Reviewed: Panasonic Lumix GM1

I’m a photographer neither by training nor profession. I can, if I try hard enough, take a decent photo, if the subject is still enough, the lighting, kind, and the planets are aligned. I’ve never really enjoyed it, to be honest, but the Lumix GM1 is slowly starting to change how I feel about photography.

Design: 4.5/5.0

This is a tiny camera. My previous snapper was a tiny DSLR camera. Once I got my hands on this Lumix though, everything changed. I had no idea how I managed to be okay with carrying that beast of a DSLR in the past. The GM1 was only slightly bigger than my mobile phone, and only in a single dimension. If not for the interchangeable lens, it could slip very easily in the front pocket of even my tighter pairs of jeans, though a phone this pretty would be much better served by a strap and leather case.

The GM1 has a beautiful faux-leather finish that, paired with the brushed aluminum finish of the rest of the body looks absolutely retro-gorgeous. The dials and buttons are all at the top of the device, and click firmly into place, with no threat of accidental turning, even when the action gets intense.

Hardware: 4.0/5.0

The GM1 comes with a 16MP Live MOS sensor and is compatible with very many lenses already available in the market, making it one of the more versatile mirorrless cameras available at the moment. To save space though, the GM1 chose to leave out the hotshoe. This might be a bit off-putting for people, but bear in mind that this is meant to be a daily-carry type camera (albeit extremely capable) and not necessarily a piece of studio hardware.

The GM1 has no EVF, instead swapping it out for a generous three inch display. To keep from getting thicker than it has to be, it doesn’t tilt or swivel, which may require the photographer to really get into his or her craft and the awkward shooting angles necessary to complete it.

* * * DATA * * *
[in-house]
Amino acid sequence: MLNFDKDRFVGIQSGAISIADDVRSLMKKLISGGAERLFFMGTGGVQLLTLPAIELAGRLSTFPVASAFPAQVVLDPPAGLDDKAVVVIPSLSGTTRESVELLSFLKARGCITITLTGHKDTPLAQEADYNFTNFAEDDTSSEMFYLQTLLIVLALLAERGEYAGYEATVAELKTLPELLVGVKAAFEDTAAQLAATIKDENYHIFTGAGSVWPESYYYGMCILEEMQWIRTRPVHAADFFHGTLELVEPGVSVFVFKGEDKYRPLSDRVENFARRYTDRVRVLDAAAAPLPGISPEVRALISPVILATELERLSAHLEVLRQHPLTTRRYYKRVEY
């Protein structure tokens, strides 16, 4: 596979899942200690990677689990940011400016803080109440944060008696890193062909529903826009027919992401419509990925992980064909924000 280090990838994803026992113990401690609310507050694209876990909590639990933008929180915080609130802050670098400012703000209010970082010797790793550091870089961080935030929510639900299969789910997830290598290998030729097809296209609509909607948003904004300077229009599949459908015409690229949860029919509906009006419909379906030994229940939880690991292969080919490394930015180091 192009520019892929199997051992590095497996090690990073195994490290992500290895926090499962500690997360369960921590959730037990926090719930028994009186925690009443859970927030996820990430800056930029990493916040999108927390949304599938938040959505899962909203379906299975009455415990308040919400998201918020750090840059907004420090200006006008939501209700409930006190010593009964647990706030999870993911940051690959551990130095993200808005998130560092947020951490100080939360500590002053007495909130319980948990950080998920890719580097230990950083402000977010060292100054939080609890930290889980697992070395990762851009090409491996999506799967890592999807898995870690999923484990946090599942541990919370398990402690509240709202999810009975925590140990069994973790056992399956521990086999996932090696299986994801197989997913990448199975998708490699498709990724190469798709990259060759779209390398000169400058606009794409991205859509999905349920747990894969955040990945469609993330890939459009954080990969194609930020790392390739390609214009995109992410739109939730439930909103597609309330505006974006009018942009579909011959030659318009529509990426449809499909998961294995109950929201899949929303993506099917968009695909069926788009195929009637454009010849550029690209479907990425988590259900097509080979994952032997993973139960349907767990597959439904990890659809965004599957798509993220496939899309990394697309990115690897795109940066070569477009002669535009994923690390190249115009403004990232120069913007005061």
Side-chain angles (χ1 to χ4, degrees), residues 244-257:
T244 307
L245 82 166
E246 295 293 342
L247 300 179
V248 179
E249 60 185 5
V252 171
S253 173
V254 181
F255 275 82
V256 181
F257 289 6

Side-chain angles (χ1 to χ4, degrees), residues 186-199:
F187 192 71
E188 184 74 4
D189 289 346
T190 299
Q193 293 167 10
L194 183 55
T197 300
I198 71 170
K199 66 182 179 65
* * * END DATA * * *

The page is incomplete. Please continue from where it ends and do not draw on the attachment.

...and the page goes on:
The GM1 also has Wi-Fi connectivity allowing you to instantly share your snapshots online, or immediately send the photos over to a workstation for editing.

User Experience: 4.0/5.0

First and foremost, the format is not intimidating. It’s smaller than many simple point-and-shoot cameras in the market, so you won’t feel like taking it out is a hassle, and only worth it for carefully planned shots. It is, at the same time able to hand complete control over to the user, much like any DSLR would. This gives you all the freedom you need to snap a shot worthy of a gallery wall. The pros have done it; we saw the results. Color reproduction was spot-on, and edges come out painfully sharp. Though the higher sensitivities do add a noticeable amount of noise, if you do your work, stay steady and pick the right settings, it will perform superbly.

Changing modes, adjusting aperture and shutter speeds were all achieved with no hair-pulling or cursing; something that is not par for the course when I’m at the tee.
I was very happily switching from indoor, to macro, to outdoor night shots and not missing opportunities a few minutes after I first got my hands on the device. The speed of the mirrorless action, ease of use and overall handiness of the device made sure I didn’t miss a single shot, even during the action of a mock fashion show set up by Panasonic.

Value: 4.0/5.0

At a price point of USD 750, or well into the PHP 30,000 range, I don’t think the GM1 is a bad buy at all. The abilities of the camera, the fact that it’s tiny and fashionable enough to carry every day, everywhere, and the number of compatible lenses at its disposal means you can buy this camera, use it often and not outgrow it, even when your skill increases.

Bottomline:

If ever I finally give in and choose to pick a camera up for my own use, this will likely be the one I choose.

Also published in GADGETS MAGAZINE March 2014

Reviewed by Ren Alcantara

 

 

NO COMMENTS